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I have certain questions regarding grep.

  1. Why does the following command match '<Hello'?

    $ grep -E "\<H" test
    Hello World
    <Hello
    H<ello
    
  2. What needs to be done to match '<Hello' only?

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marked as duplicate by Gilles, jasonwryan, rahmu, Renan, maxmackie Mar 6 '13 at 2:47

This question has been asked before and already has an answer. If those answers do not fully address your question, please ask a new question.

    
to match ' use grep \' inputfile –  Rahul Patil Mar 5 '13 at 7:43
1  
1st Q. is wrong , I think –  Rahul Patil Mar 5 '13 at 7:45
    
You should rephrase your question. Show the contents of your test file and simply tell us the number of the line you wish to match. There a lot of ambiguities in your question at the moment. –  Arnaud Meuret Mar 5 '13 at 9:36
    
@ArnaudMeuret Question edited. –  user3539 Mar 5 '13 at 13:32
    
@user3539 I guess you mean "<Hello" (no quotes) instead of "'<Hello'". Please clarify. –  l0b0 Mar 5 '13 at 16:32

3 Answers 3

up vote 1 down vote accepted

To prevent grep from interpreting a string specially (a regular expression), use -F (or --fixed-string):

$ cat test
one < two
Hello World
X<H
A <H A
I said: <Hello>
$ grep -F '<H' test
X<H
A <H A
I said: <Hello>

Remember to quote the search pattern properly, otherwise it may be interpreted badly by your shell. For example, if you ran grep -F <H test instead, the shell will try to open a file named "H" and use it to feed standard input ofgrep.grep` will search for the string "test" in that stream. The following commands are roughly equivalent to each other, but not to the above:

 grep -F <H test
 grep -F test <H         # location of `<H` does not matter
 grep -F H test
 cat H | grep -F test    # useless cat award

As for matching words only, have a look at the manual page grep(1):

   -w, --word-regexp
          Select  only those lines containing matches that form whole words.  The
          test is that the matching substring must either be at the beginning  of
          the  line, or preceded by a non-word constituent character.  Similarly,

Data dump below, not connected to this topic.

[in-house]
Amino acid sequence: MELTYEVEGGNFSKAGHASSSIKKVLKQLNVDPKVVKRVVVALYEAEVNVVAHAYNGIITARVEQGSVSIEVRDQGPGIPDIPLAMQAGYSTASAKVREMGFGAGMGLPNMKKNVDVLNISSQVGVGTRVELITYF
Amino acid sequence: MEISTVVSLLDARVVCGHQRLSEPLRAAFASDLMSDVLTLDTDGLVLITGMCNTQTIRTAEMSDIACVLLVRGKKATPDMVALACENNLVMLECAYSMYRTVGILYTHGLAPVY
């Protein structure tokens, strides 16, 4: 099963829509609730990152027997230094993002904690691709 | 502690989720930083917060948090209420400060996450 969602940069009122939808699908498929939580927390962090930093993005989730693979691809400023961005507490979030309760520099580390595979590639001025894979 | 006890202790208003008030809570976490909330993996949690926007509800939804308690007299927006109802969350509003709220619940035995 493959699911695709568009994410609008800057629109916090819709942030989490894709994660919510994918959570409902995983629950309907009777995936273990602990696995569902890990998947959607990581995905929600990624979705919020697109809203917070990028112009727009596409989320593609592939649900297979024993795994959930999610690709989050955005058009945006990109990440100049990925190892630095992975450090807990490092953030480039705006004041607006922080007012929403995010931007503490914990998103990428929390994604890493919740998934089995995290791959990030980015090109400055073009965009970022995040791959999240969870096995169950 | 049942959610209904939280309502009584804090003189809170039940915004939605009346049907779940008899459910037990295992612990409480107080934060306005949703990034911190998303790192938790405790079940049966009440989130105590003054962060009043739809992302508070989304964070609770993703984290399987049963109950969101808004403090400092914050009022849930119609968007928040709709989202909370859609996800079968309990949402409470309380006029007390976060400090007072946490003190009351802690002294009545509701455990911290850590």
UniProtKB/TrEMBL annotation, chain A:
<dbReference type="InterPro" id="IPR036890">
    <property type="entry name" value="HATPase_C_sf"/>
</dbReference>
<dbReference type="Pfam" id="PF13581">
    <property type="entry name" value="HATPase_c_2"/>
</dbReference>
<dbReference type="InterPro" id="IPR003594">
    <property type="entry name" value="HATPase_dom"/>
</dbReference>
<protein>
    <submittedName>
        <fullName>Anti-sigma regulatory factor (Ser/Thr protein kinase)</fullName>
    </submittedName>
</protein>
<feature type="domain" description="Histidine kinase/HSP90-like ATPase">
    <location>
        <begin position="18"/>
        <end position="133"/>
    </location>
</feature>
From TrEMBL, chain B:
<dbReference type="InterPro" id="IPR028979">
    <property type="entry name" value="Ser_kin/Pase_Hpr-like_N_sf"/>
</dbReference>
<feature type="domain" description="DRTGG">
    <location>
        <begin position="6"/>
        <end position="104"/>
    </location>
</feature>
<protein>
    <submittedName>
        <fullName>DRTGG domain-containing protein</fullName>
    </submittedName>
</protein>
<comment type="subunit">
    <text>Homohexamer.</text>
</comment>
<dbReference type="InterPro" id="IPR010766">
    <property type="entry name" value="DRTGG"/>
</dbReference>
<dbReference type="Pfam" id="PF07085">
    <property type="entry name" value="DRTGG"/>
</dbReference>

it must be either at the end of the line  or  followed  by  a  non-word
          constituent   character.    Word-constituent  characters  are  letters,
          digits, and the underscore.

Example usage (using the above test file):

$ grep -F -w '<H' test
A <H A

(-F is optional here as <H does not have a special meaning, but if you intent to extend this literal pattern, it may be useful then)

To match the beginning of a word, you do need regular expressions though:

$ grep -w '<H.*' test    # match words starting with `<H` followed by anything
A <H A
I said: <Hello>
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The last one was I was looking for. I thought I could give grep '\<<' test to match < at beginning of each word. But it didnt work out. Any idea why it didnt work? –  user3539 Mar 6 '13 at 0:19
    
@user3539 possibly because < is not considered a word character. See the manual page under The Backslash Character and Special Expression –  Lekensteyn Mar 6 '13 at 9:57

Ctrl-V is your friend.

Ctrl-V tells the shell to treat the following character as a non-special character.

So, for example,if you have a file that has a backspace character in a line, and you want to grep to find that line, try

grep [Ctrl-V] [Backspace] filename

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C-v is verbatim insert, not disabling of "special characters", so it will not help in this case. ' is a shell metacharacter, it is already verbatim, the shell interprets it after the fact. This will not work. –  Chris Down Mar 5 '13 at 7:55

< is not a special character in any grep. However, in GNU grep \< is special and means the beginning of word (so the zero-width boundary before Hello in all your input lines).

In all greps \ is special. It either can escape a special character to remove its special meaning (so it's matched literally) or add a special meaning to a character (that's typically used to introduce new operators without breaking existing scripts, another way is to use things that would otherwise be invalid like *? or (?) or for ANSI C escape sequences like \n, \t...

To remove the special meaning of \, like the others, you need another \.

So to match <Hello, you need:

grep -E '<Hello'

And to match \<Hello, you need:

grep -E '\\<Hello'

Note that both < and \ are special to the shell as well so need quoting for the shell as well, hence the single quotes above (\ is also special (to the shell) inside double quotes, though only in front of other special characters inside quotes like newline, double quote, backslash, dollar or backtick, so you'd nee grep -E "\\\<Hello" or grep -E "\\\\<Hello" to match \<Hello).

So that pattern matches the full line, add the -x option to grep:

grep -xE '<Hello'

would match only lines whose content it exactly "<Hello".

To match at the beginning of the line:

grep -E '^<Hello'

(would match "<Hello" and "<Hello world>", but not World <Hello.

To match <Hello not preceded by a non-blank character (my interpretation of your at the beginning of a word):

grep -E '(^|[[:blank:]])<Hello'

or with BRE:

grep '^\(.*[[:blank:]]\)\{0,1\}<Hello'
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How to match < at beginning of word only? –  user3539 Mar 5 '13 at 10:46

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